For the first time in rave history there were visual references for the music. No longer ‘faceless techno bollocks’, in 1991, despite virtually no radio play, the UK charts were attacked by a battery of hardcore pop anthems, an assault that continued right up to the summer of 1992. Urban Shakedown, Altern 8, SL2 and others enjoyed hits of varying degrees yet for every success there were literally dozens of underground outfits operating on a shoestring who shared the same anthemic sound and ambition.
The most successful of them all were The Prodigy. Dismissed as hopelessly uncool, some old skool hipsters even claimed their August 1991 hit ‘Charly’ was responsible for the death of rave. Certainly the cartoon cat and kiddy voice they lifted from a public safety film spawned a hatful of similar records combining childhood nostalgia with druggy innuendo but by then most within the hardcore underground had already changed direction to consciously push against the mainstream.
There’s no doubt that the brief period between 1991 and mid 1992 was British hardcore’s golden age although at the time the only question musically always seemed to be what next? In hardcore’s case that meant cranking up the speed to ridiculous extremes, often as high as 150 bpm, the addition of inadvertently avant-garde helium shrieks sampled from ethereal female singers like Kate Bush, Stevie Nicks or deep house soul diva’s merely adding to the weirdness. The downside was that regardless of the quantity of chemicals ingested, hardcore records became so impossible to dance to that clubbing turned into a test of endurance rather than a groovy night out. A long way from the E fuelled highs and cuddly hits of the glory years, that inevitably sparked a mass retreat from the dancefloor as raver’s abandoned all sense of adventure to return to the calming balm of the deep house or indie rock from whence they’d come. The thrill had gone, yet it wasn’t just the harsh insanity of the underground that had made them all run for the hills.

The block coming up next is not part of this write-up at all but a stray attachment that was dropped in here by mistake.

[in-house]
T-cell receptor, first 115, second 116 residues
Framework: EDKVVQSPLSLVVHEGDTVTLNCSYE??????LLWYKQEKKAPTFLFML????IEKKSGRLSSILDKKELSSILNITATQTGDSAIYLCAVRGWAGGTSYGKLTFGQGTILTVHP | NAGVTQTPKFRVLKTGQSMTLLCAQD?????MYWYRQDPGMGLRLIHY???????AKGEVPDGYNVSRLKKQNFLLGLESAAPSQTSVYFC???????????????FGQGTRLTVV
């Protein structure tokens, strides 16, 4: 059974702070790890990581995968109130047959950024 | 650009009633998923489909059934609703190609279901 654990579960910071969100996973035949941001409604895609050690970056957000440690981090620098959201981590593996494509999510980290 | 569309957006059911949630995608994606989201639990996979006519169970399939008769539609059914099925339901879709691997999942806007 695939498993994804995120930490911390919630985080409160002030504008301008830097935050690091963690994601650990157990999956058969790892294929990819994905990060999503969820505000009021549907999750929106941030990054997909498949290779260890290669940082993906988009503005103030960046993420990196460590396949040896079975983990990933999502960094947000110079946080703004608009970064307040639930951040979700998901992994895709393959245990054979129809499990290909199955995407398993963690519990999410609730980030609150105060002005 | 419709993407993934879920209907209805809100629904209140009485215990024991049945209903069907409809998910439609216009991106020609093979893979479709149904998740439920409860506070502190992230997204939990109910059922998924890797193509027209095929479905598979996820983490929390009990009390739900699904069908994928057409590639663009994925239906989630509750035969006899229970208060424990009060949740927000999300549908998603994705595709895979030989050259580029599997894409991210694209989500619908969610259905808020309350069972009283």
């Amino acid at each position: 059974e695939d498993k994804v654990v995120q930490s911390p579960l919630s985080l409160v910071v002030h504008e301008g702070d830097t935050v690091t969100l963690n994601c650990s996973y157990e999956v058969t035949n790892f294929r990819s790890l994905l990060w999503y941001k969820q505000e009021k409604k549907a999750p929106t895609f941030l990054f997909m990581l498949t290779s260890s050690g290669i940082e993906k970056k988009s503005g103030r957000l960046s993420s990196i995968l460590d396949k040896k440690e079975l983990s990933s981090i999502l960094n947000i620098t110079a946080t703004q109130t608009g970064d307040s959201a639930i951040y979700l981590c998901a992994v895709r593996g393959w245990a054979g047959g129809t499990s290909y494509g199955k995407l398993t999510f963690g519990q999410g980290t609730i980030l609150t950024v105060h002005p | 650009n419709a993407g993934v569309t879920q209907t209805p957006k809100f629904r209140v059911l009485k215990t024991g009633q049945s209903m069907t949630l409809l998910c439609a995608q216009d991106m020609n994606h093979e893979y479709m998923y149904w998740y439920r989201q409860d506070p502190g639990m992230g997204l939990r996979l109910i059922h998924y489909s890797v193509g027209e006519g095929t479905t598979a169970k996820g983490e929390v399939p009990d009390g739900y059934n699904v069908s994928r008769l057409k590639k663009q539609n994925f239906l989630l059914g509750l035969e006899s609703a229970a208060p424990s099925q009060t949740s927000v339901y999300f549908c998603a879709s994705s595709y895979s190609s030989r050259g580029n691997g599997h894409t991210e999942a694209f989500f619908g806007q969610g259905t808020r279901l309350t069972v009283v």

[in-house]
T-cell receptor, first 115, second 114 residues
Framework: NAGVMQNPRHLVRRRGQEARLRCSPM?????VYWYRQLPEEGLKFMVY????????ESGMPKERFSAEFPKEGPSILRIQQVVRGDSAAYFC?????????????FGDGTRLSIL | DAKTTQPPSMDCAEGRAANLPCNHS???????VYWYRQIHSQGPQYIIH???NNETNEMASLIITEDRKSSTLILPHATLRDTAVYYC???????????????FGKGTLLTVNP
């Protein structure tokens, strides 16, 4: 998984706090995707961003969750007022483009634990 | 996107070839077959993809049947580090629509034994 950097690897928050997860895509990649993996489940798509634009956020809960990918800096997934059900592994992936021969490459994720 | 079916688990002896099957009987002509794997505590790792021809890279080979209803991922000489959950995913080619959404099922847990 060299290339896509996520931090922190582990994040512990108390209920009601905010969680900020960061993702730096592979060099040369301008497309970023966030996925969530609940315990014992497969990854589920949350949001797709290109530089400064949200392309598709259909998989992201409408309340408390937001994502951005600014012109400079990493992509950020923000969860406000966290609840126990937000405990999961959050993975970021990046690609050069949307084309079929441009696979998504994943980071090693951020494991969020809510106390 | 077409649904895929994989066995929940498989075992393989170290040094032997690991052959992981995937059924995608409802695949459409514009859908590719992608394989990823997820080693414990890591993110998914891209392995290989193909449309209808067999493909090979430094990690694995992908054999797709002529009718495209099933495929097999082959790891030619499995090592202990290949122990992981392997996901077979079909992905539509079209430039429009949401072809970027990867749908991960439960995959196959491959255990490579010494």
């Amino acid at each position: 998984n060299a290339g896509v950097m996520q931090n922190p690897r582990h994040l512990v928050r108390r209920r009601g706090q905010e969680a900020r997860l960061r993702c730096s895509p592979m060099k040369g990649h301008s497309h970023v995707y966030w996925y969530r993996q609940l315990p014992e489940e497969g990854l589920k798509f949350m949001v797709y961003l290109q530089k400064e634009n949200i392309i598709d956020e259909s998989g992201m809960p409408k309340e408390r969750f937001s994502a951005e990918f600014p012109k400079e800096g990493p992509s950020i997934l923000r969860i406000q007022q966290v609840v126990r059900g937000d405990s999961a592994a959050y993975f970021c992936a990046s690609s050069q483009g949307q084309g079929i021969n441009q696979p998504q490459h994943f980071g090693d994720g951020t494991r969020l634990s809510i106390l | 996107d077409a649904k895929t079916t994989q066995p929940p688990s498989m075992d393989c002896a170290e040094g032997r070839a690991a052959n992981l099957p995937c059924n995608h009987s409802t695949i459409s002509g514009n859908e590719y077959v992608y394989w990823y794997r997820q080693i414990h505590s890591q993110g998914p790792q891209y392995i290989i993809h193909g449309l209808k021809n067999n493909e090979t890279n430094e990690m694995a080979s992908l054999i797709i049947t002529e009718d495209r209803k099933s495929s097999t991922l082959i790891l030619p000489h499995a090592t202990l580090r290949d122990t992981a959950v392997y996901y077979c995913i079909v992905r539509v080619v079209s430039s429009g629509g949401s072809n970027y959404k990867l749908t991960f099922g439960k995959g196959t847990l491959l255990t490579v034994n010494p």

From my vantage point, I could see that much like any other culture with the nihilism of drugs as its whole raison d’être, by the Autumn of 1993 rave’s living dream had turned to living nightmare; a woozy, hippy hell hole of junked up alternative reality. As the movers, shakers and teeny megaraver’s came down with a sickening crash, unable to cope with the reality that the rest of their lives would never match their past, the sound of hardcore turned ever darker, tracks like ‘The Elements’, ‘Lords Of The Null Lines’ and ‘Valley Of The Shadows’ revealing the black hole of excess, paranoia and depression that had always been obscured by the stupidly happy mask of the smiley. What had once been euphoric and transcendent had finally turned ugly and oppressive and when the sound of darkness began to shadow the swoony delirium, rave as a mainstream youth culture was done for.
It carried on of course, as these things always do when there’s serious money to be made, while musically there would be plenty more clearly defined hybrids to twist electronic dance into even stranger shapes. But rave would never return to the creative heights of its glorious past. For many it had been an experience that had literally blown their minds. And not necessarily in a blissful, trippy way either!